Studying speech using the divide-and-conquer method [Review of the book Neural Control of Speech, by F. H. Guenther]
Classical models of speech production have primarily focused on the psycholinguistic aspects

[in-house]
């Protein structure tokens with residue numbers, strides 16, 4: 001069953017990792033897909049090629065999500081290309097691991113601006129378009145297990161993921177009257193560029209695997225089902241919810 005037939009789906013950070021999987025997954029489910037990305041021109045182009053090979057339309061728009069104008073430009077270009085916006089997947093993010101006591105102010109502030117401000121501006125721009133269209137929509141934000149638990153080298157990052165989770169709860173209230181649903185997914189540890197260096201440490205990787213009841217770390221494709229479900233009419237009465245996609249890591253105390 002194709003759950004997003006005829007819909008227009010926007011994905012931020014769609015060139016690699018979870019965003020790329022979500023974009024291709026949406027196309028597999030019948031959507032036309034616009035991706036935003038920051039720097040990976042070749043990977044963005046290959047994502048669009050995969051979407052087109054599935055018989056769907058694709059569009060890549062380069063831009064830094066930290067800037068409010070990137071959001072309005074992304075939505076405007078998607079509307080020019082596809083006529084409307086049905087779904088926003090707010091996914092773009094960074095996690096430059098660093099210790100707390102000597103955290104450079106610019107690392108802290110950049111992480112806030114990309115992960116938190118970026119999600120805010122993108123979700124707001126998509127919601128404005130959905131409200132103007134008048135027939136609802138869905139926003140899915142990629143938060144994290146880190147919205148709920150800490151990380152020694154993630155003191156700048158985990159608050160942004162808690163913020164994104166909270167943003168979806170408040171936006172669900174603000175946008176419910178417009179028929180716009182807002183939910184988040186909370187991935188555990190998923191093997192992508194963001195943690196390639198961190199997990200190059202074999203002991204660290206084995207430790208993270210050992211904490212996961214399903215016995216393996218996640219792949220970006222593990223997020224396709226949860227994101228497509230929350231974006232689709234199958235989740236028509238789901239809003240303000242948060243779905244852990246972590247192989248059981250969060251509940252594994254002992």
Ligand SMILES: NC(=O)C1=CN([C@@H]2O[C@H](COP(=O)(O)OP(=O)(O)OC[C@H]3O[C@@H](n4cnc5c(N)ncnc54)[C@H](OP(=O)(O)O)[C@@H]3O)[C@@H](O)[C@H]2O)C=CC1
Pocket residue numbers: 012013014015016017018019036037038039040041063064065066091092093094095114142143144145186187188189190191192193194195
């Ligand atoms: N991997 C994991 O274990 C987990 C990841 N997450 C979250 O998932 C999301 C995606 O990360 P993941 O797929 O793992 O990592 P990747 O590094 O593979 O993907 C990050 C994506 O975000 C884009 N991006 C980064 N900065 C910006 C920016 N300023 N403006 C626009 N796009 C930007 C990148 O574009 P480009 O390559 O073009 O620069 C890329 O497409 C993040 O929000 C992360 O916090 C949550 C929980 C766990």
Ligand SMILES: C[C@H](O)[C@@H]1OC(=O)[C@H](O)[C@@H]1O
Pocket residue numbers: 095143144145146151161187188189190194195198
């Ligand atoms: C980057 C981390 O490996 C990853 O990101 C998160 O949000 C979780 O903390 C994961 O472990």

of the process, identifying its components (i. e., meaning generation, lexical selection, functional assignment, phonological encoding and articulation) and how they interact [Bock, Levelt 1994; Dell, Change, Griffin 1999; Fromkin 1973; Garrett 1975 et al.]. This integral approach has pro- vided us with a solid conceptual understanding of the various processes involved at every stage of speech production, suggesting, however, that each of these stages is likely to have its own unique operational mechanisms. Thus, a more detailed exploration of each of these individual components of the speech production system is now required to build more refined and realis- tic models of speech production, reflecting how this multicomponent task of communication is orchestrated by the brain. For example, the articulation of speech needs to be studied separately from the lexical selection process because each relies on its own specific set of neuroanatomical structures and has its individual mechanisms of functioning and pathogenesis. “Neural Control of Speech” by F. H. Guenther is a brilliant attempt to tackle the problem using the “divide and conquer” approach.